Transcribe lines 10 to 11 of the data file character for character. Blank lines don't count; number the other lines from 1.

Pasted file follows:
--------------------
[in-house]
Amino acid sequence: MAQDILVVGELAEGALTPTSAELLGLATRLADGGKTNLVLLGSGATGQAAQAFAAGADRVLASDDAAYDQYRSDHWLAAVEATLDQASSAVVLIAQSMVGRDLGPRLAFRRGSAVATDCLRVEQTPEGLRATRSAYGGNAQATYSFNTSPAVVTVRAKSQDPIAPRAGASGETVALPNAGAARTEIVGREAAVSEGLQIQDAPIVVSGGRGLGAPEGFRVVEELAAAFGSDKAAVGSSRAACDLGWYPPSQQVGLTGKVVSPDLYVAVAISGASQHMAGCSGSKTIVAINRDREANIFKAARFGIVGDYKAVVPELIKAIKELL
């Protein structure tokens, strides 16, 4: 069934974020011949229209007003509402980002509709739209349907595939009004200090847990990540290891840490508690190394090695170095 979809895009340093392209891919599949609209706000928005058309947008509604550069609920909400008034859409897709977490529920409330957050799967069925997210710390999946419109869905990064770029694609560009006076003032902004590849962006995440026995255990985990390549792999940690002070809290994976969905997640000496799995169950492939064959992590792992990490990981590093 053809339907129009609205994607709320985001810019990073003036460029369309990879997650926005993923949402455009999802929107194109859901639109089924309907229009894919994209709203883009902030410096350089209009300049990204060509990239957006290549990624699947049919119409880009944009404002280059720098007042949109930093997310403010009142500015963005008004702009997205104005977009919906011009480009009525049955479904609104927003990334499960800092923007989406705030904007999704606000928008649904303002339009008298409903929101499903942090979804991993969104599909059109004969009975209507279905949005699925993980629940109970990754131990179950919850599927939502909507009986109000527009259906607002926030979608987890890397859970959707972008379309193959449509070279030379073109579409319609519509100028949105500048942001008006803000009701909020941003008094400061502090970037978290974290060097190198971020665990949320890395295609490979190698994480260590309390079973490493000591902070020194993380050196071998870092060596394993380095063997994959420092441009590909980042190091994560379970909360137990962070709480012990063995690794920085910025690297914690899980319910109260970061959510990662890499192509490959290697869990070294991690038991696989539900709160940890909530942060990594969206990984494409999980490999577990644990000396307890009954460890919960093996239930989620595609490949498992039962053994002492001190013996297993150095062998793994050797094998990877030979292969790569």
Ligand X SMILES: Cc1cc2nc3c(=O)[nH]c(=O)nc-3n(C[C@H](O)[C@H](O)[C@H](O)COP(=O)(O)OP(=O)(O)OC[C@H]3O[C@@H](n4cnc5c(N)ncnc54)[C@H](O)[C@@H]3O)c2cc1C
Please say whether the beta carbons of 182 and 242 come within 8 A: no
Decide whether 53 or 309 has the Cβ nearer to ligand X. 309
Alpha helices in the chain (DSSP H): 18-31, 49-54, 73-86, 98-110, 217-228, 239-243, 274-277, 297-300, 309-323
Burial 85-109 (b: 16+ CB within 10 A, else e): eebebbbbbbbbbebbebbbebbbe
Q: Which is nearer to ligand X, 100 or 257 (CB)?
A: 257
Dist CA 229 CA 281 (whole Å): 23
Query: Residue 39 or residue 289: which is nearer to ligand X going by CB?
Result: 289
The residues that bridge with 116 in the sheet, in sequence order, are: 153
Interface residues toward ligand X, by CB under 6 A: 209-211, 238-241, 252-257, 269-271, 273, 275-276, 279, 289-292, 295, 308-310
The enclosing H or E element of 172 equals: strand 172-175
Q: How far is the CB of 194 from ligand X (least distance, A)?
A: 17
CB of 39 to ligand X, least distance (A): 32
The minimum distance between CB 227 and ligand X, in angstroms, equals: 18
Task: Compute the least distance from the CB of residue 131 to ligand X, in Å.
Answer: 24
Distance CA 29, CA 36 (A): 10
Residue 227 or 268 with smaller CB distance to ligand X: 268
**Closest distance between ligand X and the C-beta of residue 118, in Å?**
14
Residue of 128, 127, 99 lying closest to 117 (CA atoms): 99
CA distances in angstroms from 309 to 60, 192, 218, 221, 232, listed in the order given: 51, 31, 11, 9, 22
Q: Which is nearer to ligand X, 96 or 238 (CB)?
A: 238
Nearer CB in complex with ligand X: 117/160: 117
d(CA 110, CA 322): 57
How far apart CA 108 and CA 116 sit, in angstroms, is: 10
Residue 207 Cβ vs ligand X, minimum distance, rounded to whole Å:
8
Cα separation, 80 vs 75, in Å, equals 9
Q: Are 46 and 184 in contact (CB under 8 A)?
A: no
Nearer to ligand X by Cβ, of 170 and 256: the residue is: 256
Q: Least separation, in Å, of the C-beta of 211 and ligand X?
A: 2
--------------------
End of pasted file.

A: 257
Dist CA 229 CA 281 (whole Å): 23